I don’t think it’s possible to overemphasize the importance of safe food handling practices.
Far too often we rush through meal preparation without considering what types of bacteria we may be transferring to our bodies from our food.
Listeriosis monocytogenes found in meat products from a processing plant in Toronto has recently been linked to several deaths and illnesses in Canada.
Listeriosis monocytogenes is a bacterium found in food which mainly affects the elderly, newborns, people with compromised immune systems, and pregnant women. It is mainly found in water and soil.
There are systems and regulations in place in food production facilities to ensure that bacterium like Lysteriosis don’t make it into the food supply chain. Those systems are what keep your food safe to eat. They are not foolproof.
Maple Leaf Foods, Canada, recalled all products made at the Toronto plant since January 2008. ( http://www.mapleleaf.ca/ ). They also shut down the plant.
I think this incident underlines why we need to be our body’s last line of defence when it comes to food-borne illnesses. There are things we can do on an individual level to prevent illness.
Here are some preventative measures as listed on the center for disease control and prevention website: ( http://www.cdc.gov/ )
- Thoroughly cook raw food from animal sources, such as beef, pork, or poultry.
- Wash raw vegetables thoroughly before eating.
- Keep uncooked meats separate from vegetables and from cooked foods and ready-to-eat foods.
- Avoid unpasteurized (raw) milk or foods made from unpasteurized milk.
- Wash hands, knives, and cutting boards after handling uncooked foods.
- Consume perishable and ready-to-eat foods as soon as possible
Recommendations for persons at high risk, such as pregnant women and persons with weakened immune systems, in addition to the recommendations listed above:
- Do not eat hot dogs, luncheon meats, or deli meats, unless they are reheated until steaming hot.
- Avoid getting fluid from hot dog packages on other foods, utensils, and food preparation surfaces, and wash hands after handling hot dogs, luncheon meats, and deli meats.
- Do not eat soft cheeses such as feta, Brie, and Camembert, blue-veined cheeses, or Mexican-style cheeses such as queso blanco, queso fresco, and Panela, unless they have labels that clearly state they are made from pasteurized milk.
- Do not eat refrigerated pâtés or meat spreads. Canned or shelf-stable pâtés and meat spreads may be eaten.
- Do not eat refrigerated smoked seafood, unless it is contained in a cooked dish, such as a casserole. Refrigerated smoked seafood, such as salmon, trout, whitefish, cod, tuna or mackerel, is most often labeled as “nova-style,” “lox,” “kippered,” “smoked,” or “jerky.” The fish is found in the refrigerator section or sold at deli counters of grocery stores and delicatessens. Canned or shelf-stable smoked seafood may be eaten. “
Archive for September, 2008
I just wrapped up a beautiful evening with my family.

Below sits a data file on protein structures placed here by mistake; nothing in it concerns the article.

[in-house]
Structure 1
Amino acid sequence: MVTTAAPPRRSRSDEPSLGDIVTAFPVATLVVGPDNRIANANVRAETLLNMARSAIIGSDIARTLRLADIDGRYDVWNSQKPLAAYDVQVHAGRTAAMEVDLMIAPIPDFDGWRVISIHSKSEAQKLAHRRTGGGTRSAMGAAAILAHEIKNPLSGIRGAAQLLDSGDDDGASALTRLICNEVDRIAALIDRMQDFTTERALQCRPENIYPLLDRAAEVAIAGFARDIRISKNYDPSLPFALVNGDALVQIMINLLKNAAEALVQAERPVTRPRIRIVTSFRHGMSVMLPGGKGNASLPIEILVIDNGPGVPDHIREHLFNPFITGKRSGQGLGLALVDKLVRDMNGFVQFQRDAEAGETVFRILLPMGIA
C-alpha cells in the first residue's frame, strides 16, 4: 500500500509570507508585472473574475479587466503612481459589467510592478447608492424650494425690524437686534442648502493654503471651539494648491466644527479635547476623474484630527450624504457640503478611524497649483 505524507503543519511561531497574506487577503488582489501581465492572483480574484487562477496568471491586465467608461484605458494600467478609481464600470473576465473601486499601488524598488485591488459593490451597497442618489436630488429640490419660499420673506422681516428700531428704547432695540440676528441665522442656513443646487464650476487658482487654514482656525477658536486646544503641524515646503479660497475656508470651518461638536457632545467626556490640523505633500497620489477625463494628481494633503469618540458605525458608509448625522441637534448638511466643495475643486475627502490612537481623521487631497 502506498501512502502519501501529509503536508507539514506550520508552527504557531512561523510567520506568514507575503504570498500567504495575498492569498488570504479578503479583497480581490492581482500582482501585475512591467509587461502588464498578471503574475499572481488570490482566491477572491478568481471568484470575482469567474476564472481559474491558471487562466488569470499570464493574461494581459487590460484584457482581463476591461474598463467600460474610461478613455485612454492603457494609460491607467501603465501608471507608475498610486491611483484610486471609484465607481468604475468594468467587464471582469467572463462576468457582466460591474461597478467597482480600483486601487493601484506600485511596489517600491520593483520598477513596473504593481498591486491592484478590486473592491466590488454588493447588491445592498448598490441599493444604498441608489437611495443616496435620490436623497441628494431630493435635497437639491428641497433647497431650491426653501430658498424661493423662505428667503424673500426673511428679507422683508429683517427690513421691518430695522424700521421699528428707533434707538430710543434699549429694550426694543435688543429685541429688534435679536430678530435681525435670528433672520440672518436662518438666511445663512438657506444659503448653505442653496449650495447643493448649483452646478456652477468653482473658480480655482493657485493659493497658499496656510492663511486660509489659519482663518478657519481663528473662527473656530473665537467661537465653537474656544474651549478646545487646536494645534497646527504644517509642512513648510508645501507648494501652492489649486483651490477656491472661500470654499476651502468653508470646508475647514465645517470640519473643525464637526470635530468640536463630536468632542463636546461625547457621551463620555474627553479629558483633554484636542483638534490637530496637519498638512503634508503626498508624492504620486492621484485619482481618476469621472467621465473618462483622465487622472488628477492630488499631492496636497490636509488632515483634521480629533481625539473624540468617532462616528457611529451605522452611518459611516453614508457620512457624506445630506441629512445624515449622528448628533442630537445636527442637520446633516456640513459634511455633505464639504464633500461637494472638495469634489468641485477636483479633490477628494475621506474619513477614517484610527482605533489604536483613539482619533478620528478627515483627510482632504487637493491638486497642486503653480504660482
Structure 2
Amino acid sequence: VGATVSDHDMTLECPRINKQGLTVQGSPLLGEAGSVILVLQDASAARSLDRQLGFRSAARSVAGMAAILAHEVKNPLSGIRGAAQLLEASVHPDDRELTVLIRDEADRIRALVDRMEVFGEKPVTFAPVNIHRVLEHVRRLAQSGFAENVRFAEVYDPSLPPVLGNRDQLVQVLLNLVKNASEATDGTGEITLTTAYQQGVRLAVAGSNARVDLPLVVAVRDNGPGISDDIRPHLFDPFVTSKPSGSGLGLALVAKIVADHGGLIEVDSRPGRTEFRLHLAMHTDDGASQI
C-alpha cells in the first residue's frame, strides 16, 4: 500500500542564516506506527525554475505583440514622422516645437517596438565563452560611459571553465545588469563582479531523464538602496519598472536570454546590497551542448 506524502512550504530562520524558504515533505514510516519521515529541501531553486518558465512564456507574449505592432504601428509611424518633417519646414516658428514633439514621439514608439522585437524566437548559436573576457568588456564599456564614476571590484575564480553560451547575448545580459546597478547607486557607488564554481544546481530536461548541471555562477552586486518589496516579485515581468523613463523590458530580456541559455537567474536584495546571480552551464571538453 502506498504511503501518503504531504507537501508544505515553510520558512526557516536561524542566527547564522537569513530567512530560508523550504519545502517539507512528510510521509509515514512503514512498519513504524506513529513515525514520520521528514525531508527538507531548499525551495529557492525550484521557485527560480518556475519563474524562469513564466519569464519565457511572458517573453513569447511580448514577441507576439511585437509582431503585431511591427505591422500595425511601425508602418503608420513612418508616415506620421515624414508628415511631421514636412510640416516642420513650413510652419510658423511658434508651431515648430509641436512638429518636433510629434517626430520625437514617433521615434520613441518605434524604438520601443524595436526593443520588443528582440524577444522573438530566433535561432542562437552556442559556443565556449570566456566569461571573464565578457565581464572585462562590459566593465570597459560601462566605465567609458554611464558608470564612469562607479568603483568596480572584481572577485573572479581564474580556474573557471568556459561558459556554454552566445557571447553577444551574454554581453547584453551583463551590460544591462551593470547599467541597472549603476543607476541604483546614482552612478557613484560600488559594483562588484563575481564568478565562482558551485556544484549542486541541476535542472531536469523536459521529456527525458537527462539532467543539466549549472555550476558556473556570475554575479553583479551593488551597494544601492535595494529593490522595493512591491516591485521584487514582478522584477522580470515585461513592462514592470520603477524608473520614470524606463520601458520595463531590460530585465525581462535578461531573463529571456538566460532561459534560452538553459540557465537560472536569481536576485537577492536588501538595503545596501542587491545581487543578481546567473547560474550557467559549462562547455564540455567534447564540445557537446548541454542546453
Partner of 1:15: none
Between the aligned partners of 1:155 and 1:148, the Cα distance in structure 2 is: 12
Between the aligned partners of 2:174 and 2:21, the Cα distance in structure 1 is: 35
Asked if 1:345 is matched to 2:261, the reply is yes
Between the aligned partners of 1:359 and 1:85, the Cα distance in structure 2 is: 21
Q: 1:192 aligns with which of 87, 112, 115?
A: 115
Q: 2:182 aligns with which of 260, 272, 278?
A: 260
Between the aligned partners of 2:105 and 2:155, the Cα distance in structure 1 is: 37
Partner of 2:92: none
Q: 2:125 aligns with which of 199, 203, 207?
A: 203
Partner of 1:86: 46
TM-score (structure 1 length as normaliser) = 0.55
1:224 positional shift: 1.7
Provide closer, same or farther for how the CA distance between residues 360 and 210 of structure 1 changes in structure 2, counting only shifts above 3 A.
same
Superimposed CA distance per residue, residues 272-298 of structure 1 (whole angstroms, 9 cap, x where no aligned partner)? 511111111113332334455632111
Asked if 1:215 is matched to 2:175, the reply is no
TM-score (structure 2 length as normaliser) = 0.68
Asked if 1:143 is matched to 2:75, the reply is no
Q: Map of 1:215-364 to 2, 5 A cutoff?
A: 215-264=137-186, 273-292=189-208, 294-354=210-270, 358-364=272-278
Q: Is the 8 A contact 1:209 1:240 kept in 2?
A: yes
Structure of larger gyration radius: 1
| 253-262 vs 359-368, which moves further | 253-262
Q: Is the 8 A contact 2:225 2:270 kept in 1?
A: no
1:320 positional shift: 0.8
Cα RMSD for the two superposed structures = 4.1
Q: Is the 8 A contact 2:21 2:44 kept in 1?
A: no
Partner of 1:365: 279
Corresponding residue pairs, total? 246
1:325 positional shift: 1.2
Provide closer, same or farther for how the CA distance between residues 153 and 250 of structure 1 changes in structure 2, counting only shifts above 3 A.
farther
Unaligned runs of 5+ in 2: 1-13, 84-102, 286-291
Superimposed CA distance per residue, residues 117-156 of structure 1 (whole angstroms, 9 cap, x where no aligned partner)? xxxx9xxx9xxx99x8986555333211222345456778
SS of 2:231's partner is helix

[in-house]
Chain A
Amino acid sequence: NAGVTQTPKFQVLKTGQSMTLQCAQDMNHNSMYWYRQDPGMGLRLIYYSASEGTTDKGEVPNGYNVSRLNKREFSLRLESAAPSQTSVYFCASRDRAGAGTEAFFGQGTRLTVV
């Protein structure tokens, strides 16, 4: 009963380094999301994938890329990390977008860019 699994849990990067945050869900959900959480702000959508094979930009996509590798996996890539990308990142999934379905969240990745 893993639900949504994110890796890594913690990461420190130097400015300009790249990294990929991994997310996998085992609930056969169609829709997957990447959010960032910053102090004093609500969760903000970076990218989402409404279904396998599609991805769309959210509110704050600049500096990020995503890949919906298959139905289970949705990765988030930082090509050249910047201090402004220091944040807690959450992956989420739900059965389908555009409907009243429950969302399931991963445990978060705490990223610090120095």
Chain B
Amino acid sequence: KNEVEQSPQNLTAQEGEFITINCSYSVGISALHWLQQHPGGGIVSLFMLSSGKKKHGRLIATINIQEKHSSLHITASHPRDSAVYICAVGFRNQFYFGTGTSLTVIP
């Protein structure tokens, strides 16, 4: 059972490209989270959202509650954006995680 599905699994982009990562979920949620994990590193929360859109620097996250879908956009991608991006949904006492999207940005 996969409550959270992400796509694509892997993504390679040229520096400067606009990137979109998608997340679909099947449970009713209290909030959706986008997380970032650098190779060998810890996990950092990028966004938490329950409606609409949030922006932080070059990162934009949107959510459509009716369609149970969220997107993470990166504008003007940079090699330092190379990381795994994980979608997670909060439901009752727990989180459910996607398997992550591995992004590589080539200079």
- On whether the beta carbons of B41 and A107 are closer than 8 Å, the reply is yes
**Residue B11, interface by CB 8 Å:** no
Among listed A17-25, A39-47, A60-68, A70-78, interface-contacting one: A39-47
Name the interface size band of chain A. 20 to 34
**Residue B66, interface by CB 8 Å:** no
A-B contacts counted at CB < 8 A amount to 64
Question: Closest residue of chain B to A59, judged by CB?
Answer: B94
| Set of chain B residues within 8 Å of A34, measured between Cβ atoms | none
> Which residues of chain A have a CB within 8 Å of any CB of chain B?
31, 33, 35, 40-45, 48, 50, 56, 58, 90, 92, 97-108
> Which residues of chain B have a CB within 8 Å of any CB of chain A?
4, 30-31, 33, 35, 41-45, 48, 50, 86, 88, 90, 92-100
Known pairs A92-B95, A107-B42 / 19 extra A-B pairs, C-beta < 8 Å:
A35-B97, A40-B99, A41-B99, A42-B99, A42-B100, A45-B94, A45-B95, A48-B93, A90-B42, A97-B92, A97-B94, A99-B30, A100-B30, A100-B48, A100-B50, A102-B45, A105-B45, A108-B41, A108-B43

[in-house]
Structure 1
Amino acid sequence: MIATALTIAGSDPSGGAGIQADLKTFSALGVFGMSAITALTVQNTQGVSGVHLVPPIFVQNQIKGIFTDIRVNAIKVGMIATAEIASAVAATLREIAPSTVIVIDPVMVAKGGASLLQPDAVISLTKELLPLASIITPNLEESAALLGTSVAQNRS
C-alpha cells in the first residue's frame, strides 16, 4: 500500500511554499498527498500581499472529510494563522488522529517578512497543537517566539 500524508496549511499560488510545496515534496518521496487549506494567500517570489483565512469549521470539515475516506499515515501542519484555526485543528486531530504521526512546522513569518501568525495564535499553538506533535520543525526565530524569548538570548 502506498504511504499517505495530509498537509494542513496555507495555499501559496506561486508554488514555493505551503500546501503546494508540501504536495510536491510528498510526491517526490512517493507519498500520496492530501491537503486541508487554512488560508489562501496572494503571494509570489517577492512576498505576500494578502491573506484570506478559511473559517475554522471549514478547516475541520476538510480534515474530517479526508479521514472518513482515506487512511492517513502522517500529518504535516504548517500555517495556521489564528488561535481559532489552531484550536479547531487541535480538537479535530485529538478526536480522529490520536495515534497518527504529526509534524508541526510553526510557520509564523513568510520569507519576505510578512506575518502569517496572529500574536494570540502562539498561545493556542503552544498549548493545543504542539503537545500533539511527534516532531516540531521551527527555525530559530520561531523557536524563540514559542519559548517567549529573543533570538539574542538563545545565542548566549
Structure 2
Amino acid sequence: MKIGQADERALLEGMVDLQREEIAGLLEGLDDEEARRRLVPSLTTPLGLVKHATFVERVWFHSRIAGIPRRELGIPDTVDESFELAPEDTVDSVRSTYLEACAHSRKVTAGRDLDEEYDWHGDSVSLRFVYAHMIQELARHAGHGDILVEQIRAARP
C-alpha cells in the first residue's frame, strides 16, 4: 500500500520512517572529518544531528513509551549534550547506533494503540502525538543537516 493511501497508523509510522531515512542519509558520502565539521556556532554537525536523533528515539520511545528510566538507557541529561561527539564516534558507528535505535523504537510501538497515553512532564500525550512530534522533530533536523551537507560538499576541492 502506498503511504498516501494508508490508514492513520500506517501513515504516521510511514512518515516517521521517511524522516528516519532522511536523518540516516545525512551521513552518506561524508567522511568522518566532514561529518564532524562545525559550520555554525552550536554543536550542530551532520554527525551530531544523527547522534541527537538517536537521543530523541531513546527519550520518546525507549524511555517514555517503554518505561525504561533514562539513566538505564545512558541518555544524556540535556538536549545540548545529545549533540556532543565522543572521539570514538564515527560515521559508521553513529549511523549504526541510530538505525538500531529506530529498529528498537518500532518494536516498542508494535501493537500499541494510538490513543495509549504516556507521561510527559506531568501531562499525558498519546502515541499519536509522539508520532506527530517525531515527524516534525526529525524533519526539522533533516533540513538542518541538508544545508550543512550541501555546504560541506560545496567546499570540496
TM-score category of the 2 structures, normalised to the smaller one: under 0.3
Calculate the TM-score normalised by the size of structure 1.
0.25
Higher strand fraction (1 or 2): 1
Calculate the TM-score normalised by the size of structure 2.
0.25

My daughter spent the afternoon in her jolly jumper, stomping in her new shoes.
We also had my parents and in-laws over for dinner on the deck.
My Mom brought two salads and a rhubarb cake, my Father-in-law brought honey garlic spareribs he’d done in the slow cooker. We made some homemade bread and roasted potatoes with tomatoes picked fresh from the garden.
The deck hangs out over the river, and we’re surrounded by trees. While we ate a Heron landed out in the water. It slowly walked up the river, stalking fish.
I love eating outside when the sky starts to go from late afternoon to dusk. I think it makes things taste better. Especially if you’re eating with friends and loved ones.
Wine also helps.
We had a red wine from California (Robert Mondavi, Pinot Noir, 2006) , and a white from South Africa (Two Oceans, Sauvignon Blanc, 2007). The Mondavi worked wonderfully with the starchiness of the potatoes and the meatiness of the ribs. I honestly didn’t get a chance to try the white, but was assured that it was good.
My daughter, who is teething, even got in on the action. We let her gum a clean rib bone. It kept her entertained while the rest of us ate.
My Roasted Potatoes
This recipe doesn’t require any exactness. Do it to suit your own taste (then it won’t be “My roasted potatoes”, it’ll be your own creation and you can name it what ever you want.
Small, multicoloured potatoes
Ripe tomatoes or cherry tomatoes, the fresher the better
Extra virgin olive oil
Fresh ground black pepper
This is one of those recipes where the quality of the ingredients really affects the outcome, but it’s super easy to whip up a batch in under an hour with minimal effort.
Preheat oven to 400F (200C).
Rinse the potatoes, then cut them, skin on, into quarters. I use baby sized red, yellow, and blue potatoes to enhance the wow factor.
Place them in a shallow baking dish. Splash on some olive oil. You don’t want to have them floating in it, but a nice coating allows the other ingredients to stick to the potato, and keeps the potato from burning to the dish.
Add salt and pepper to taste. Slide the baking dish into the oven and cook for 20min. before adding the tomatoes. If using cherry tomatoes, just halve or quarter them, depending on size. Whole tomatoes can be diced and added. Try to get tomatoes that are compact and just ripened. You don’t want to deal with a lot of juice while cutting.
Put the dish back in for an additional 20 minutes or so. Test the potatoes by tasting to see if they are fully cooked and if they need additional salt and pepper.
Serve with the crumbled feta added at the last minute, or as a condiment (my Mom doesn’t like feta, so we had a small dish of it set aside as an accompaniment).
You can modify this dish any way you want. Increase or decrease any ingredient to suit your taste and feel free to add herbs or other ingredients. If you come up with a tasty variation, I’d love to hear about it.